Saturday, 9 February 2019

All the Tears in China by Sulari Gentill

The anticipation I feel as I wait for the next Rowland Sinclair mystery is hard to describe. I love spending time with Rowland Sinclair and his three friends almost as much as I love spending time with my real life friends! It's a real treat to be a part of the humour, loyalty and kindness that they constantly display towards each other. 

All the Tears in China picks up where we left off in book 8. Only a few days have gone by and Rowly is still paying for his involvement with Egon Kisch. To get him out of harm's way and to help the family fortune, brother Wilfred decides to send Rowland (and his friends) to Shanghai to broker a wool deal with the Japanese.

Naturally, from the moment they arrive in 1935 Shanghai, the level of danger and intrigue that Rowly seems to always attract only increases.

I love the blend of fact and fiction. Sulari Gentill has a lovely knack of allowing real life figures to rub along with our fictional favourites naturally. She also brings to life the bizarre, curious and precarious world of pre-WWII China.

Gentill has now brought me to the point (twice in recent times) where I believed that Rowly really was in danger of losing his life and that she had had enough of writing these mysteries and was ready to move onto another venture. Nothing about the energy or the writing suggests that Gentill is over the series, but the lead up to the almost-death of Rowly was so believable and convincing both times, that I really couldn't see how she was going to get him out of it safely and plausibly. She did both times!

What I loved about this book: the witty dialogue, the opening of the Sydney Harbour Bridge (which my own grandparents attended on their honeymoon in 1932).
What I learnt or want to remember about this book: all that stuff about the New Guard, fascism in Australia and Eric Campbell.

What I loved about this book: the art deco cover, a Cary Grant cameo, the Bohemian lifestyle & a cruise to New York.
What I learnt or want to remember about this book: Norman Lindsay's Blue Mountains soirée's

What I loved about this book: the visit to the Hydro Majestic Hotel in Medlow Bath, more Norman Lindsay & a run-in with Stella Miles Franklin
What I learnt or want to remember about this book: meeting Rowly's half brother for the first time.

What I loved about this book: meeting a young, naive Eva Braun as well as Nancy Wake and Unity Mitford. Flying lessons with Kingsford-Smith.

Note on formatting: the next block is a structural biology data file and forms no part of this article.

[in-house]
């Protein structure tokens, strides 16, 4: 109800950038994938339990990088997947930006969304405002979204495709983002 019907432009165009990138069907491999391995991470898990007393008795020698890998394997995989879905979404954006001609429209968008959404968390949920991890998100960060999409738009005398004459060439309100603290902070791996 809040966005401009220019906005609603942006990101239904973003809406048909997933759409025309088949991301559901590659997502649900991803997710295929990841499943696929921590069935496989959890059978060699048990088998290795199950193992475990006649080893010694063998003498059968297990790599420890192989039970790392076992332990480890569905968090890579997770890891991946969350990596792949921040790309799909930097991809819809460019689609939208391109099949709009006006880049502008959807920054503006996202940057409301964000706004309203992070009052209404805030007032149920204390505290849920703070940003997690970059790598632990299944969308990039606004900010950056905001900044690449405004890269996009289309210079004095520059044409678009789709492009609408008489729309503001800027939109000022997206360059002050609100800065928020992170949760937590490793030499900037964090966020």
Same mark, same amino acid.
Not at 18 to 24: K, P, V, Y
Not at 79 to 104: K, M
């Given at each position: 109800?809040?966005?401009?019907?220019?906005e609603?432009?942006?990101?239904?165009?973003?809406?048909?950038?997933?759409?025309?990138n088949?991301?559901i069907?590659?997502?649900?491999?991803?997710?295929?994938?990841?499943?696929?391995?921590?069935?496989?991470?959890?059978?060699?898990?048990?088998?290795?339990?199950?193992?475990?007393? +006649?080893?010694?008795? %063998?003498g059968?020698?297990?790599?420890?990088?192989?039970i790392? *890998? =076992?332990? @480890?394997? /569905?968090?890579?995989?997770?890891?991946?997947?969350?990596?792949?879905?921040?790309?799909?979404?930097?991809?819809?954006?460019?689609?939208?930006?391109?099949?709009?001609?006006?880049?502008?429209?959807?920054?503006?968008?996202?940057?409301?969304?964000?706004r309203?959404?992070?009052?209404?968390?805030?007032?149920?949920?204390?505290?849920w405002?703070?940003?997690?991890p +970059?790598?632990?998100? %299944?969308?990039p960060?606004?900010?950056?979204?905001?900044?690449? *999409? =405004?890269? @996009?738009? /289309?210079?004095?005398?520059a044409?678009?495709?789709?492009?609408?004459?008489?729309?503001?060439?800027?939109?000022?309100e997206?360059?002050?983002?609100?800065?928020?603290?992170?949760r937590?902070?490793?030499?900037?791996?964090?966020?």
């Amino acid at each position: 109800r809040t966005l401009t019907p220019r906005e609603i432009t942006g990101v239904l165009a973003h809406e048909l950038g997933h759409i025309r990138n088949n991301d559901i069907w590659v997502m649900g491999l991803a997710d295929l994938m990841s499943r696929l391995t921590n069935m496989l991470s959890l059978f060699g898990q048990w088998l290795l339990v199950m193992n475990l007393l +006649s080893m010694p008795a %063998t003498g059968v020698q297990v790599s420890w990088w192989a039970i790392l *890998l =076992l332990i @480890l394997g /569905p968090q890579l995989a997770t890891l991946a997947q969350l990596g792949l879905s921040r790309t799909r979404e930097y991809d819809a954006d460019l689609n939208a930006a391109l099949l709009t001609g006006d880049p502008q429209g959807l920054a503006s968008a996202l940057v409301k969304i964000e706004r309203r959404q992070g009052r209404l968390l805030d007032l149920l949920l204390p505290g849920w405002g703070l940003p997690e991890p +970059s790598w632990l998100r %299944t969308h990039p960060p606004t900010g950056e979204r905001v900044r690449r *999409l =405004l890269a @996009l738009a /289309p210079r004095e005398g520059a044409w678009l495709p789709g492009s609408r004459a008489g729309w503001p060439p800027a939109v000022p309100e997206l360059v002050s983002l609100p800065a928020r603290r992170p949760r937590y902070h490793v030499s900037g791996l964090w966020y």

What I learnt or want to remember about this book: who is Egon Kisch? The horror of Rowly's kidnapping and torture by the SA (Ernst Rӧhm).

What I (loved) about this book: how history has taught us nothing - how Brexit, isolationist policies and right wing thinking is once again dominating our politics.
What I learnt or want to remember about this book: Fascism in London 1933 & eugenics.

What I loved about this book: the Sinclair family backstory - domestic violence and murder.
What I learnt or want to remember about this book: Bob Menzies

What I loved about this book: an appearance by Errol Flynn and the seedier side of 1933 Sydney. The development of more complex, nuanced relationships between our four friends as well as Rowly's extended family.
What I learnt or want to remember about this book: Maroubra speedway

Prequel - The Prodigal Son (e-book only - download your copy here.)

What I loved about this book: the very first meeting of Rowly, Edna, Clyde and Milton.
What I learnt or want to remember about this book: Gentill can draw too - her illustrations graced the pages of this e-book novella.

What I loved about this book: 1935 Canberra & Melbourne and the increasing frisson between Rowly and Edna.
What I learnt or want to remember about this book: Gentill plans to continue the series until the end of WWII. I don't mind the new covers, but I loved the previous art deco covers more - they were more stylish and Bohemian to my mind.

What I loved about this book: 1935 Shanghai, Sir Victor Sassoon and the colourful cover (although I would have liked to see the art deco cover for this too!)
What I learnt or want to remember about this book: Russian revolution refugees in Shanghai & the horrific conditions in Ware Road Gaol.


  1. Why have I never heard of this series before? It sounds perfect for me, definitely adding to wishlist.

    1. I hope you enjoy it as much as I do :-)

  2. You are a devoted Sulari Gentill fan!
    Are there any more authors you read so diligently?
    I tried to remember which writer
    ...seduced me to read 9 or more of their books?
    If they did, they are pretty good.
    Charles Dickens (9) and Emile Zola!(21)

    1. I also enjoy the Jacqueline Winspear cosy crime books, set in the same era, but in London. However, I've found them to be hit or miss in recent times. Gentill has managed to maintain a high standard of entertainment and authenticity with each book so far.
      When I get into a series, I do like to finish - Anne of Green Gables (6), Trixie Belden (39), Dune by Frank Herbert (6) and more recently the Master & Commander series by Patrick O'Brian (21).

    2. Well done...sticking to several series of books!
      I should look at M&C by Patrick O' Brian
      ...and am a bit scared of Frank Herbert's Dune.
      That would be a book definitely OUT of my comfort zone!

    3. I read the series in my early 20's when I found the first 3 books in a secondhand market. I remember that the final couple of books started to lose my interest, but I'm curious to see if the first one, in particular, holds up in with a reread.

      M&C was a tremendous series, but the books did vary in quality. Most were great reads, a few were outstanding but a couple were duds. The ones that focused on Jack and Stephen's friendship were the most rewarding.

    4. Thanks for the feedback!


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